Seeing that distillation of plants into essential oils generates a large amount of waste, i.e. biomass, the company team has decided to make bio-pellet from it. The technology of bio-pellet production from aromatic plant waste is very similar to the production of wood pellets, and this facility near Paraćin is the first of its kind in Serbia.

    – The growth of the company, the constant expanding of plantations and the search for affordable and clean energy at the same time have made us start experimenting with biomass. After our first analyses showed that our bio-pellet had a high calorific value, everything started to come together – Novica explains.

    Sanikula uses bio-pellet as an energy source in its distillation and drying facility, and the ash that remains after its combustion as organic fertilizer on plantations. By applying this circular approach, the production of essential oils does not generate waste, and economic development does not endanger the environment.

    – Our plan for the annual production is to reach 3,000 tons of bio-pellet by 2023. In terms of energy generation potential, this is equivalent to the amount of 700 tons of coal and 200 tons of diesel fuel – Šutić emphasises.

    The use of bio-pellet improves the effect of reducing greenhouse gas (GHG) emissions, thus mitigating the effects of climate change. At the moment, plants on Sanicula’s fields absorb 10 times more carbon dioxide (CO2) from the atmosphere than this company emits in the production of essential oils. Ecologically sustainable production makes their business sustainable too. Namely, longer periods of drought, and more severe floods, which affect Serbia, significantly reduce the yields of Mediterranean herbs.

    Sanicula’s project “Innovative approach to the production of pellets from medicinal herbs”, has been awarded as one of the five best innovative and climate-smart solutions within the scope of the project “Climate Smart Urban Development”, implemented by the United Nations Development Programme (UNDP) in partnership with the Ministry of Environmental Protection, with financial support from the Global Environment Facility (GEF). The realization of this solution will contribute to the success of a business based on the principles of sustainable development, through the reduction of carbon dioxide (CO2) emissions, and the application of the “zero-waste” concept, which strives to eliminate waste from the production process. It is estimated that emission reductions equal to 20,000 tons of CO2 will be achieved during the project lifetime.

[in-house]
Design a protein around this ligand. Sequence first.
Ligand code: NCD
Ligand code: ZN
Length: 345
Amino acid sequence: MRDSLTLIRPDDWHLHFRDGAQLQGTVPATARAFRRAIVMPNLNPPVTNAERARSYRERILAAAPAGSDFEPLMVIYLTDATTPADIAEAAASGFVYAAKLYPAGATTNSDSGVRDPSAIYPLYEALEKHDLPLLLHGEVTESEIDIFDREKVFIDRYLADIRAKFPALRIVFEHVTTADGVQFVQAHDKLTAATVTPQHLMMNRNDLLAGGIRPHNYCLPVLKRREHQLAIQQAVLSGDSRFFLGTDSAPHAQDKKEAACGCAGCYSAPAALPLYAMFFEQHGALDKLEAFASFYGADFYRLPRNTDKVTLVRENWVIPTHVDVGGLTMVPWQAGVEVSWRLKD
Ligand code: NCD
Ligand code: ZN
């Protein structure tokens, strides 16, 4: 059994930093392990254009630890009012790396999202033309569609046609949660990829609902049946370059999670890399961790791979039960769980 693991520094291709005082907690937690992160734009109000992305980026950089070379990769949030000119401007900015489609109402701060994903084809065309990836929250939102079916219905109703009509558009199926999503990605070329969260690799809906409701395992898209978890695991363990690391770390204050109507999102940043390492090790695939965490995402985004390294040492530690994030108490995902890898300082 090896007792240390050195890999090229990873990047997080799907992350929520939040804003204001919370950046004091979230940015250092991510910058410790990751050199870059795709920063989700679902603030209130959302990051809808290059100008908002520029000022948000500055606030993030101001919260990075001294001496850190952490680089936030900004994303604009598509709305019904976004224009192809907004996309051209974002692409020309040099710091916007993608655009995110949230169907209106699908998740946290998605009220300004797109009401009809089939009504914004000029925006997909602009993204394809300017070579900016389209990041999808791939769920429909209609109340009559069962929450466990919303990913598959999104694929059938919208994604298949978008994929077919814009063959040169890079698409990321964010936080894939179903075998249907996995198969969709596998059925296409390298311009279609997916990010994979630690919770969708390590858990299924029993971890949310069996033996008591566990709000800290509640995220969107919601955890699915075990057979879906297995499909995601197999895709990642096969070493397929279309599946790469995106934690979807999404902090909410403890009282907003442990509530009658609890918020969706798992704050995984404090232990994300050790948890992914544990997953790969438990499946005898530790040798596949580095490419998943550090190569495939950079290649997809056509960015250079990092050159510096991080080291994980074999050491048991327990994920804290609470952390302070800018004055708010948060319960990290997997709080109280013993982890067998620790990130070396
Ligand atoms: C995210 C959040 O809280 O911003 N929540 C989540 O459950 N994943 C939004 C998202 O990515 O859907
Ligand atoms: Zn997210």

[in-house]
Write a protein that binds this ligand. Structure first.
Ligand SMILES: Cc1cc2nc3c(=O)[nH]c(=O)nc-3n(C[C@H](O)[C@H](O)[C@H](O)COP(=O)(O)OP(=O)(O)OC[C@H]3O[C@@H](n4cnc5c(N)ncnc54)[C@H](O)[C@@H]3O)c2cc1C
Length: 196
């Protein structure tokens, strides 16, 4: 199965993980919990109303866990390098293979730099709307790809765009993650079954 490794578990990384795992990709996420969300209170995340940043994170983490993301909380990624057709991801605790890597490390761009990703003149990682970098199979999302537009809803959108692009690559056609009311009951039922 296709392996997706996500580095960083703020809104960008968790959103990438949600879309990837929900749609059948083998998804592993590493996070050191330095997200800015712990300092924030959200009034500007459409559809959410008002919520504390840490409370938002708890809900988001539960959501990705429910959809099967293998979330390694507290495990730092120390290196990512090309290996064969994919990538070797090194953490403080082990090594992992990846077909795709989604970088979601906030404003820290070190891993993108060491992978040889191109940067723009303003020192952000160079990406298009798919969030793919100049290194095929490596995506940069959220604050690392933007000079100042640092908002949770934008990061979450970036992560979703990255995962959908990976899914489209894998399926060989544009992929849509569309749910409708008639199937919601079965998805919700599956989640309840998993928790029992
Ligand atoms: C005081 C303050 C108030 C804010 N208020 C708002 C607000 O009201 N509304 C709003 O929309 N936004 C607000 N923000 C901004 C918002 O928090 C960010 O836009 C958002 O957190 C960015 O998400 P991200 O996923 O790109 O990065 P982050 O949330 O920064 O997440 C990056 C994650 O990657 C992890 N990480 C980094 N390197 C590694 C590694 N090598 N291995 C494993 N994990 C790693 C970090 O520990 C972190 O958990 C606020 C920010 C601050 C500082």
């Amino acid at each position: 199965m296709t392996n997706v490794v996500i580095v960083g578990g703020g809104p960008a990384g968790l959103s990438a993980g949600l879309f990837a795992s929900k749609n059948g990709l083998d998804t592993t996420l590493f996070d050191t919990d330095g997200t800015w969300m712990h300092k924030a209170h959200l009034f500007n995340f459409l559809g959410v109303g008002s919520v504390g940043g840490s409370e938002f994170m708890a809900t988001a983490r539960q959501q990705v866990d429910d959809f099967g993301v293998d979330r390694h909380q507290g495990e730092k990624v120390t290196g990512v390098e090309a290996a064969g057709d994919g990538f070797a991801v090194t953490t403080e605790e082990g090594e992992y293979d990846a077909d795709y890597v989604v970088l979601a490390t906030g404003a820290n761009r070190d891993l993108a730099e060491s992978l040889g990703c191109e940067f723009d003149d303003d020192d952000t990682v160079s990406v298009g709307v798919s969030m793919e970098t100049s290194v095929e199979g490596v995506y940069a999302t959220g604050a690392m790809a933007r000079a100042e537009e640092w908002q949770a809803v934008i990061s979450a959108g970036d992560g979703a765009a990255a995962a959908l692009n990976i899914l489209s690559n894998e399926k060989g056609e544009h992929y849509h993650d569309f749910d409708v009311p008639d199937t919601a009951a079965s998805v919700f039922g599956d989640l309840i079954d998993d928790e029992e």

By clicking on this video, you can learn more about the process.

  • Clean air challenge: Calling for innovations to reduce air pollution in Serbia and improve air quality

    Exposure to air pollution has serious negative implications to human health, length and quality of life. Serbian Environment Protection Agency’s data show that the levels of air pollutants exceed the limit values in a number of cities/municipalities.

    In order to contribute to improving the quality of the air that we all breath, UNDP Serbia, in cooperation with the UNICEF and WHO, is soliciting legal entities to propose innovative ways of producing or procuring innovative products, technological solutions and new value chains related to the following categories:

    1. Individual heating/combustion units (in households, public buildings) improved in terms of reduced emissions of pollutants, improved efficiency of energy-use, multifunctionality, etc.;
    2. Devices, software or methods for air quality monitoring, data processing and publication of results, preferably in open data format.
    3. Exceptionally novel and effective Air purifiers (individual or collective air purifying).
    4. Other equipment or advanced processes that contribute to the reduction of air pollution from the following sectors: transport, agriculture, industry, utilities (communal hygiene of public spaces, waste management, etc).
    5. Solutions focused on mitigating/reducing air pollution impact on children. This category also accepts individual proposals, and is particularly intended for young people, university students, and private sector.